“But you’re still alive aren’t you! Life hasn’t finished with you yet.”

Jack looked back at the locket on the table. “Tell me where you got this again!”

He sat in silence as I told him about the young girl in the Stagecoach. He shook his head, “None of this makes any sense, we need to find her and find out where she got it.”

“I agree with you, everything happens for a reason and I know she must be a part of this.”

“Tell me your story from start to finish again. I need to make sense of why you came into my life.”

I started with my night-time walk in the snow, my dreams, messages through my mam and my Gran. I talked slowly, thinking about every word before I spoke, being careful not to embellish any of the events. The words coming out of my mouth did sound like an episode of the Ghost Whisperer and I wondered what he’d think. If he’d believe me.

We sat in silence for a while after I’d finished.

“Fancy a walk?” It was Jack that broke the silence.

“Sure, I’ve called in a PTO day at work, I’ve nothing better to do. Anywhere in particular?”

I think its time we went back to the barn!

Death by Rifle?

Death by RifleJOY1690.0LI knew the old guy would most likely be at work, but I had to check. Someone was trying to make contact with me and I had a feeling it was his daughter. Why? Who the hell knew. Maybe I was the only person in the area who was open to her. I needed it over with. I needed my life back. Grabbing my coat, and stepping into my shoes, I set off up the road purposefully. I hadn’t gone far when my cell phone rang, it was Les.

“Hey, you didn’t call me back last night, still mad at me?”

“No, just tired, I went to bed. Not feeling great. I took the day off work.” Silence!

Ok say something! Ask me why I’m not feeling well! Give me some sympathy at least.

“You’re in the middle of another episode aren’t you?”

“Episode? What do you mean episode? You sound just like my mam.”

“I didn’t mean to. Are you going to be OK? It’s just hard to get my head around this stuff.”

“Why? When you’re mam died you knew it was going to happen. Explain that! You’ve seen things in this house that you can’t explain. Why is it so goddamn hard for you to get your head around this?”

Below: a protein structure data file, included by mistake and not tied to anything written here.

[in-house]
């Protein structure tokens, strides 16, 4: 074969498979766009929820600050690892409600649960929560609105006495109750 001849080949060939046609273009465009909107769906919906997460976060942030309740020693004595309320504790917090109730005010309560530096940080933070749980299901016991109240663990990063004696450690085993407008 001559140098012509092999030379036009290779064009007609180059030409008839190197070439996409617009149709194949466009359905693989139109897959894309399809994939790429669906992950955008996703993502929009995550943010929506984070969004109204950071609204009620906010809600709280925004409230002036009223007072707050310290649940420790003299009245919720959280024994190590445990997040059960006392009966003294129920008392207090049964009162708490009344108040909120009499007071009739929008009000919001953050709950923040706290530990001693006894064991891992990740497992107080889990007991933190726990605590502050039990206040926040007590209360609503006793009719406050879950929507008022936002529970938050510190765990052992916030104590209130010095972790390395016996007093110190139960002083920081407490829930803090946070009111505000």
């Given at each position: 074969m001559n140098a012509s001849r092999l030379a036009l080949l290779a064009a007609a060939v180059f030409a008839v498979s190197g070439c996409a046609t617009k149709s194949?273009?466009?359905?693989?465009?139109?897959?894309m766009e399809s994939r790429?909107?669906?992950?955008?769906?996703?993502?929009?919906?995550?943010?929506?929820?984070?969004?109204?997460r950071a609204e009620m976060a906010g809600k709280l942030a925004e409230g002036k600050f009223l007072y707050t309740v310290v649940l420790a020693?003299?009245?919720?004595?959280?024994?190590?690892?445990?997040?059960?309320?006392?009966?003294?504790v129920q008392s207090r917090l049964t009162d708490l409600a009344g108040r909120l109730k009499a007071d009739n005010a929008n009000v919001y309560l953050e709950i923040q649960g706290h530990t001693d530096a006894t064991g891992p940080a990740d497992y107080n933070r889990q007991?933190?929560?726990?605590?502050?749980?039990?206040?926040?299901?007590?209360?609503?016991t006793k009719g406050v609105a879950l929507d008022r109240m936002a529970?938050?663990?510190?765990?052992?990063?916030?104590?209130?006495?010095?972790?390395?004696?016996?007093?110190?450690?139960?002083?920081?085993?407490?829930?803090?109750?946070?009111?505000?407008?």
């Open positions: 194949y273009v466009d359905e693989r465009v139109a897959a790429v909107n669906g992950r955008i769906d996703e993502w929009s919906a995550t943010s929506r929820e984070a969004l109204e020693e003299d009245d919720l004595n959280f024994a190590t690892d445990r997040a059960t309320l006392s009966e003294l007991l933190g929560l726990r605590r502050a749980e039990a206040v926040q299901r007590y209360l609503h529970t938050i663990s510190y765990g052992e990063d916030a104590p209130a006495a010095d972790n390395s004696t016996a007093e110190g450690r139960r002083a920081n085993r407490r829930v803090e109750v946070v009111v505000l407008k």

“I know, I’m sorry. Just be careful OK!”

“I will!”

“Got to go, conference call starting. I’ll call later.”

With that he hung up. I ended the call and stuffed the phone back in my pocket. My fingers touched something cold. The pendant! I pulled it out and looked at it. I thought I’d left this with Bonnie in the Stagecoach! I opened it up and looked at the photos inside,they didn’t change the way they had last night. One side of the heart showed a young couple, and the other side was the face of a little girl, she was as cute as a button, her face beaming with happiness. I didn’t recognize any of them, but if I had to guess, I’d say the young couple were the old man and his wife. The little girl had to be his daughter. I choked back the tears. What a tragedy. Mother and child gone, and the old man wishing he were with them. It made me want to call Les back and tell him I loved him. Who knew what tomorrow held?

I walked along the driveway to the ranch, the neglected yard like a wilderness at either side of the rutted driveway. I approached the door cautiously, remembering what had happened the previous evening. The porch steps creaked as I mounted them. The door swung open slowly as a knocked. With a strong sense of deja vu, I stepped inside.

“Anyone home?”

Silence!

Then just like the previous evening I heard a noise from above. I was about to turn and flee when the old man appeared, he was carrying a rifle.

“I was expecting you!” he said.